The drama over solar policy continues in Maine. Although the Maine Public Utilities Commission (PUC) planned to issue a ruling by the end of 2016, the agency says it is delaying its decision on proposed net energy metering (NEM) changes until next year.
In September, the PUC issued a proposed rule that would phase out the current retail NEM program, a key policy for distributed solar. According to the Natural Resources Council of Maine (NRCM), an outspoken opponent to the plan, the proposal would gradually reduce the NEM rates solar customers receive for the excess energy they put onto the grid. Among other changes, the plan would also apply a new grid fee on new solar customers.
The PUC held a public hearing on its proposal in October and also received several hundred written comments. The agency says it is continuing to review all of the feedback and now hopes to decide the rulemaking issues during the first part of 2017.
“This is an important rule, and more time is needed to consider the proposed rule in light of the comments we received to ensure that the rule treats all ratepayers in a fair manner,” says Commission Chairman Mark Vannoy in a press release. “It remains clear that changes in technology and costs of small renewable generation, particularly solar PV, require a careful review of the current rule and potential modifications. The comments and participation of stakeholders to date have been helpful. The rulemaking process is iterative and, therefore, takes time.”
Until a final rule is issued, the existing rules for NEM customers remain in place.
Earlier this year, a coalition of solar stakeholders and legislators worked on a compromise bill to reform Maine’s solar policies, proposing to swap NEM with a new program requiring regulated utilities in the state to enter into long-term contracts for solar across several segments. Despite several rounds of negotiations, Gov. Paul LePage, R-Maine, vetoed the bill in April, thus leaving the NEM issue up to the PUC unless state lawmakers tackle the policy again in the 2017 legislative session.
In fact, the PUC’s Vannoy notes in its new announcement, “This process is occurring pursuant to the current law and rule. Should the legislature change the applicable law, the commission will act accordingly.”
Dylan Voorhees, clean energy director for the NRCM, says, “We are very disappointed that the PUC is letting this rulemaking drag out indefinitely. We felt it was imprudent and irresponsible for the PUC to even initiate a rulemaking on net metering in the first place, given the near certainty that the legislature would be taking up solar policy legislation when it starts in January.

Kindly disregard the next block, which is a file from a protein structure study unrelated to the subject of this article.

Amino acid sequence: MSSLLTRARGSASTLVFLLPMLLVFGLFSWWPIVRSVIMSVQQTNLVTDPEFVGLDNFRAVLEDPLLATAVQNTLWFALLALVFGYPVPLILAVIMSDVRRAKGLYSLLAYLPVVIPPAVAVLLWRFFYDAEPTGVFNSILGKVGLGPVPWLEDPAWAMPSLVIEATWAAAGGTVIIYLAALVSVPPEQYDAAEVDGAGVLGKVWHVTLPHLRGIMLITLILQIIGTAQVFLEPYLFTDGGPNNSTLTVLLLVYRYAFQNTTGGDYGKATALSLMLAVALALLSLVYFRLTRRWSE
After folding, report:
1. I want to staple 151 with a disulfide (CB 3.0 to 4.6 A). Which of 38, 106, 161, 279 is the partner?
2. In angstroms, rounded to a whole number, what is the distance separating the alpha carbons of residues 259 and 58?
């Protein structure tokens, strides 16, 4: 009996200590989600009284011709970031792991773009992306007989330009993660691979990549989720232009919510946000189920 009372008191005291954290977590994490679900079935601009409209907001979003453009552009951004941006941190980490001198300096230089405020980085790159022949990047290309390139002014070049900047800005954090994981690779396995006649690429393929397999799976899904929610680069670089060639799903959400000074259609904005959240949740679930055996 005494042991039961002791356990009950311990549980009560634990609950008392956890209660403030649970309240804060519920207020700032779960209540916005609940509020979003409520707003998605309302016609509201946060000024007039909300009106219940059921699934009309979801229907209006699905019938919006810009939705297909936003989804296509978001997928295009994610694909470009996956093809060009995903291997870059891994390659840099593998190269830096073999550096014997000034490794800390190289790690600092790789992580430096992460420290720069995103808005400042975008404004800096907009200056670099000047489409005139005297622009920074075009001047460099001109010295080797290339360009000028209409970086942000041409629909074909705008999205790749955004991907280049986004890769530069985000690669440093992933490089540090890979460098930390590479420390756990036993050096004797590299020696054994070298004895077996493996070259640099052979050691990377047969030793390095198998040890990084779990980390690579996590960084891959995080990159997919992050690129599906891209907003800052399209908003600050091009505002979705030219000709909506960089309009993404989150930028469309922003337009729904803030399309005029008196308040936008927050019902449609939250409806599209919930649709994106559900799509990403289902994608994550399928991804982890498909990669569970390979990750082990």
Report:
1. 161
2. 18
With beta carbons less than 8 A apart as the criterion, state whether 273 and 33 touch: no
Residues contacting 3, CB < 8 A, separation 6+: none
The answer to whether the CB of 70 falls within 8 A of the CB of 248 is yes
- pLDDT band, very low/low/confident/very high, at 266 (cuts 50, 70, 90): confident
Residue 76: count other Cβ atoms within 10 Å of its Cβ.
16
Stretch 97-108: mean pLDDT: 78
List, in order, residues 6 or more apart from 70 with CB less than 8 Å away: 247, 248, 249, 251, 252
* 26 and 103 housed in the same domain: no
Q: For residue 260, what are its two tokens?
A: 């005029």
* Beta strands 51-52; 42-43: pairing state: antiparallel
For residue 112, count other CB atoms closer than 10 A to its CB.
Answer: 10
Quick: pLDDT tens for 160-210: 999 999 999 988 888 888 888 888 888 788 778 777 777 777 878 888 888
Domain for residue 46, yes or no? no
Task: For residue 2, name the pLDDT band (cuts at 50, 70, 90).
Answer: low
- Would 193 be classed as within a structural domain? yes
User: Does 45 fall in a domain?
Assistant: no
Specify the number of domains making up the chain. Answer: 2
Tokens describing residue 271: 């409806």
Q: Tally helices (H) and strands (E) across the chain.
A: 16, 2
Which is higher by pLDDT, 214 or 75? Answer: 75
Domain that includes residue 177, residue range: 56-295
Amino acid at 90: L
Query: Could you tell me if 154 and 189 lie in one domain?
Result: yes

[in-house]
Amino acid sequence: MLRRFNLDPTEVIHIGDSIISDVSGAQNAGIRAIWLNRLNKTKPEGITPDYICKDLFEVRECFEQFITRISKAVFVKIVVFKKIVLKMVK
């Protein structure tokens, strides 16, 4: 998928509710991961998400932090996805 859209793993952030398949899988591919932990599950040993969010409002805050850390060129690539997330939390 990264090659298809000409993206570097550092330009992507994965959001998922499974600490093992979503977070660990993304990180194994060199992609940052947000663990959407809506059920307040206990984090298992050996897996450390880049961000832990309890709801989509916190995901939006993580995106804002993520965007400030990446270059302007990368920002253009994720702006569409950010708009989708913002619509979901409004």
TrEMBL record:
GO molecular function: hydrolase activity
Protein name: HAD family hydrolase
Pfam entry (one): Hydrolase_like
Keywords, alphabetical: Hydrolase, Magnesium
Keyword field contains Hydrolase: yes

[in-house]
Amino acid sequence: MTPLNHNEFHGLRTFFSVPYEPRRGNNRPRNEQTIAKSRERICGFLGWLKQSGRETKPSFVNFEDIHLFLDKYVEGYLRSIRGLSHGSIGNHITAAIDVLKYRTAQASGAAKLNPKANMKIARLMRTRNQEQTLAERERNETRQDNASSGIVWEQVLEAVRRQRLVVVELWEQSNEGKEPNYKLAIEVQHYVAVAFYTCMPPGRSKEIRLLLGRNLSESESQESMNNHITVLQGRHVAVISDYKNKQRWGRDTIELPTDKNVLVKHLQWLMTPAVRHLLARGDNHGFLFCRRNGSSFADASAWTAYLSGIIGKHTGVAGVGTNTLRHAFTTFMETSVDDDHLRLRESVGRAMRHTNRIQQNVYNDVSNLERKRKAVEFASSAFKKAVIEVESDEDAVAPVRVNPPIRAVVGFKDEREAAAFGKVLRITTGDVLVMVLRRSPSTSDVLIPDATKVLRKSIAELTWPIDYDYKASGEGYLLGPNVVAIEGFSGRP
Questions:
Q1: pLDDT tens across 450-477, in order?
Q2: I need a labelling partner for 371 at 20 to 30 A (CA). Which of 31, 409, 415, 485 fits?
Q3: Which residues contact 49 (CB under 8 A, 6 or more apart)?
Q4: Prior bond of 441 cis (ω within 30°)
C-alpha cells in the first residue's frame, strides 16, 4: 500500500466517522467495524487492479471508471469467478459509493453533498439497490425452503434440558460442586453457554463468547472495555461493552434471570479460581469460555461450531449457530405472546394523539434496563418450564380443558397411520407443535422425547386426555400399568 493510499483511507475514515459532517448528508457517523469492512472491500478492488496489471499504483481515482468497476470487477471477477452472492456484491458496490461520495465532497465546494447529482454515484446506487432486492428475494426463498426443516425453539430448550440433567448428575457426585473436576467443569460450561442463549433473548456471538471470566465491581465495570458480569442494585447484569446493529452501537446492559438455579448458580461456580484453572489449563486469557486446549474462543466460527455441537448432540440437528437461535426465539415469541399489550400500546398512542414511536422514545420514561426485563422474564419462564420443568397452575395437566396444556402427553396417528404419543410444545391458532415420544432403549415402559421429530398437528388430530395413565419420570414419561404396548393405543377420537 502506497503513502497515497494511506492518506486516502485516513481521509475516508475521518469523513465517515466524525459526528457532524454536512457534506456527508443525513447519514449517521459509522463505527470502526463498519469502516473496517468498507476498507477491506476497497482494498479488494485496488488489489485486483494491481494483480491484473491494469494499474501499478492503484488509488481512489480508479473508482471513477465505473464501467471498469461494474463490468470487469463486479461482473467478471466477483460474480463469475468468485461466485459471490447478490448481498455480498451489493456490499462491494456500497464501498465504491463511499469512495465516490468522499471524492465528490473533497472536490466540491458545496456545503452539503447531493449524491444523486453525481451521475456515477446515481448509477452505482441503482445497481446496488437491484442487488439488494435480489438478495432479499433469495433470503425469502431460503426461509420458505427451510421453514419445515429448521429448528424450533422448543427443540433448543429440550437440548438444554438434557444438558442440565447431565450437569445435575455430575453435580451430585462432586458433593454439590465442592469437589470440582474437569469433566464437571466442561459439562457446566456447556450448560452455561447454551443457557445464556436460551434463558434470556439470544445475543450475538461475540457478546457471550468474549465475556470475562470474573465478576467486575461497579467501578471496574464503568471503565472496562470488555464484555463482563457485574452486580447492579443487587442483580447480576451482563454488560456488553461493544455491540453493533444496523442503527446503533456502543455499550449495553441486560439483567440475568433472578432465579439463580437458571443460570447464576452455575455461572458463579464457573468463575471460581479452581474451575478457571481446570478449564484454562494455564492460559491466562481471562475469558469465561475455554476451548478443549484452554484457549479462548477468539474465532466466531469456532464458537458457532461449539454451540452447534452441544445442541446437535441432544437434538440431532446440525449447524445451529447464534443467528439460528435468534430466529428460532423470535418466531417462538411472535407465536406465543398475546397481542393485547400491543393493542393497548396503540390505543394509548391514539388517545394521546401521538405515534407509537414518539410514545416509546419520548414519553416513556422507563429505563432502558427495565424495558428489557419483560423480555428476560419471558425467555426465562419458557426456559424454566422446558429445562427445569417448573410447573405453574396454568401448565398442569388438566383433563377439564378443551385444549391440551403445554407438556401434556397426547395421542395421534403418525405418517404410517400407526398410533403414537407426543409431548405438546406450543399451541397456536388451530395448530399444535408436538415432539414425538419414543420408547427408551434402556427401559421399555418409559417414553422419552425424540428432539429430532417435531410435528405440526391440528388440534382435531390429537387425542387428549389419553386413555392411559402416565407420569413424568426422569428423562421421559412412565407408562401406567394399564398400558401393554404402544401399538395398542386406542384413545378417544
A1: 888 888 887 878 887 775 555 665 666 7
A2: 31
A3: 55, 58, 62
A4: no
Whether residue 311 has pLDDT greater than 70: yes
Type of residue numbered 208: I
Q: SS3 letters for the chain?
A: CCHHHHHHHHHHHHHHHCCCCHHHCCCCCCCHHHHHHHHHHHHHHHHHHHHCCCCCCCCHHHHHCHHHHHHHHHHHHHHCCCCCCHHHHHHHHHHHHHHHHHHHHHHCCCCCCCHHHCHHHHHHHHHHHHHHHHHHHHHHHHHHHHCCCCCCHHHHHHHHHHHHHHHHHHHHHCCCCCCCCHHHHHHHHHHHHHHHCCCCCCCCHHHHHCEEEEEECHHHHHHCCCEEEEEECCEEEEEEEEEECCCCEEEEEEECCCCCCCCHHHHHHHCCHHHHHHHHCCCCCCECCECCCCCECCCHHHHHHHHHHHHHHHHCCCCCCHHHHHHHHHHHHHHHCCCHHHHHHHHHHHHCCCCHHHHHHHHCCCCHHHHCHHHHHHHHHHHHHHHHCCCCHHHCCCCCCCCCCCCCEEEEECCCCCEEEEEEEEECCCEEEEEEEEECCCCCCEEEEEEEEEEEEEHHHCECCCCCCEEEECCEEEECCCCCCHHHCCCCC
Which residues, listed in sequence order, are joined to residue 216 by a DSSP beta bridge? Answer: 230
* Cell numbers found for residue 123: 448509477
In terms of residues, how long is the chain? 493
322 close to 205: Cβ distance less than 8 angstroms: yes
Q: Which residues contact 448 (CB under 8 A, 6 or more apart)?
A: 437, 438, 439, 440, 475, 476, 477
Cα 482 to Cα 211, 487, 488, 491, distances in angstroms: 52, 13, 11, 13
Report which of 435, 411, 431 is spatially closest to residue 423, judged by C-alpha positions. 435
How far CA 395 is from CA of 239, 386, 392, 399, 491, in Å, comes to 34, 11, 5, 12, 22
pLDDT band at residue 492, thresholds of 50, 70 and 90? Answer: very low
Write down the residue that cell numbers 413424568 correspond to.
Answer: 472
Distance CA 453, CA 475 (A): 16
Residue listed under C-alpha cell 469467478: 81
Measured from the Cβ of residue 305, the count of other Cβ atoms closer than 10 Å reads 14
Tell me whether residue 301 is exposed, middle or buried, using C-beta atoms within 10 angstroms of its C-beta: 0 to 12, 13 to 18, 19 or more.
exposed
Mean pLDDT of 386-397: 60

“The draft rule put forward by the PUC in September was poorly conceived and almost universally criticized, so it is not surprising that it is taking them a long time to figure out what to do next,” continues Voorhees. “Having an active rulemaking proceeding open at the PUC will likely make it harder for legislators to get a bearing on which solar laws to adopt, and that is a problem for a state that is in last place on solar power and solar jobs throughout the Northeast. This delay adds further uncertainty in Maine’s solar market, which is the last thing the state needs.”
Vaughan Woodruff, owner of Maine-based Insource Renewables, says the PUC’s announcement “makes it appear that net metering is Maine’s political hot potato.”
“Opponents of last year’s solar bill argued that the PUC was best equipped to assess the future of net metering in Maine, yet they explicitly referenced the opportunity for the legislature to revise the statute in [the PUC] news release,” says Woodruff. “This definitely adds complexity to solar policy discussions in the upcoming legislative session.”
He continues, “While I am encouraged to hear that the commissioners are considering input from the public hearing and hope that they are carefully considering the overwhelming majority of commenters that wished to see net metering continue in Maine under its current arrangement, it is disheartening to continue the uncertainty in the market that has impacted Maine’s solar companies and our ability to invest in jobs and economic growth in the state.”